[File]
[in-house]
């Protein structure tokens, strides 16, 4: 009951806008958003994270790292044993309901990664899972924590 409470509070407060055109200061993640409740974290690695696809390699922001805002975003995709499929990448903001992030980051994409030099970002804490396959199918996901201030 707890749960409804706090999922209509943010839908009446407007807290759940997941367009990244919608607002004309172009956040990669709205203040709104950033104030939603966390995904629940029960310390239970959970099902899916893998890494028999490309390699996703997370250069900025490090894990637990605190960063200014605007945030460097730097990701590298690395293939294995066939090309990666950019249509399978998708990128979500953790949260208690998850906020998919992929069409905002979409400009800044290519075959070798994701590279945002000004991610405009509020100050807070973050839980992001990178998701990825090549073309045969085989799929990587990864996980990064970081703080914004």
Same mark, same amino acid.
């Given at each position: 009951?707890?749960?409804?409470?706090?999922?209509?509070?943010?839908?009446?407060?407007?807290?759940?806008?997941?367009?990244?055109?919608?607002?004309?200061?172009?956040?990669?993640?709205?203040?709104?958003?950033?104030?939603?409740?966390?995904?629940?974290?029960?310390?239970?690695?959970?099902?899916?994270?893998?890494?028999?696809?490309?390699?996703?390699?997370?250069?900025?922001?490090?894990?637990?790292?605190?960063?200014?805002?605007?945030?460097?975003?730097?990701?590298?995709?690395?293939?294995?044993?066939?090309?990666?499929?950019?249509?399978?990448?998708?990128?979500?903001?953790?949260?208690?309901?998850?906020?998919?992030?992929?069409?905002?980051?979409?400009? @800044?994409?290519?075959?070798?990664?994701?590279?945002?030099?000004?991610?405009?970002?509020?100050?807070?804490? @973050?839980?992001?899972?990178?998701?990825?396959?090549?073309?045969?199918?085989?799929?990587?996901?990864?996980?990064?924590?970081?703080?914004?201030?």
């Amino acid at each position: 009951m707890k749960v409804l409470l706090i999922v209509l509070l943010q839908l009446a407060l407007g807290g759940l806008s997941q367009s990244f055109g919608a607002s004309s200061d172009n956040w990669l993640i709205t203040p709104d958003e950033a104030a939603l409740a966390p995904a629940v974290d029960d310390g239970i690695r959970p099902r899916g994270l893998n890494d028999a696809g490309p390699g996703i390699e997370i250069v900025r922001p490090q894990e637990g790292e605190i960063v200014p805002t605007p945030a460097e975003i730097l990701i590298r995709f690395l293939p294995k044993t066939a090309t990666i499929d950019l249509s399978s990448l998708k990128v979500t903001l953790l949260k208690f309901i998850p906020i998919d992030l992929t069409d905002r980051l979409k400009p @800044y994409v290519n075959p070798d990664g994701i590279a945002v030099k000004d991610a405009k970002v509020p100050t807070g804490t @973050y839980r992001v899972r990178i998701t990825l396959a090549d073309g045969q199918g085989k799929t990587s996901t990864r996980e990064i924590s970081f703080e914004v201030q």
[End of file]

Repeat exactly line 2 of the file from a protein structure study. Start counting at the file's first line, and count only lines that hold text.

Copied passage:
């Protein structure tokens, strides 16, 4: 009951806008958003994270790292044993309901990664899972924590 409470509070407060055109200061993640409740974290690695696809390699922001805002975003995709499929990448903001992030980051994409030099970002804490396959199918996901201030 707890749960409804706090999922209509943010839908009446407007807290759940997941367009990244919608607002004309172009956040990669709205203040709104950033104030939603966390995904629940029960310390239970959970099902899916893998890494028999490309390699996703997370250069900025490090894990637990605190960063200014605007945030460097730097990701590298690395293939294995066939090309990666950019249509399978998708990128979500953790949260208690998850906020998919992929069409905002979409400009800044290519075959070798994701590279945002000004991610405009509020100050807070973050839980992001990178998701990825090549073309045969085989799929990587990864996980990064970081703080914004």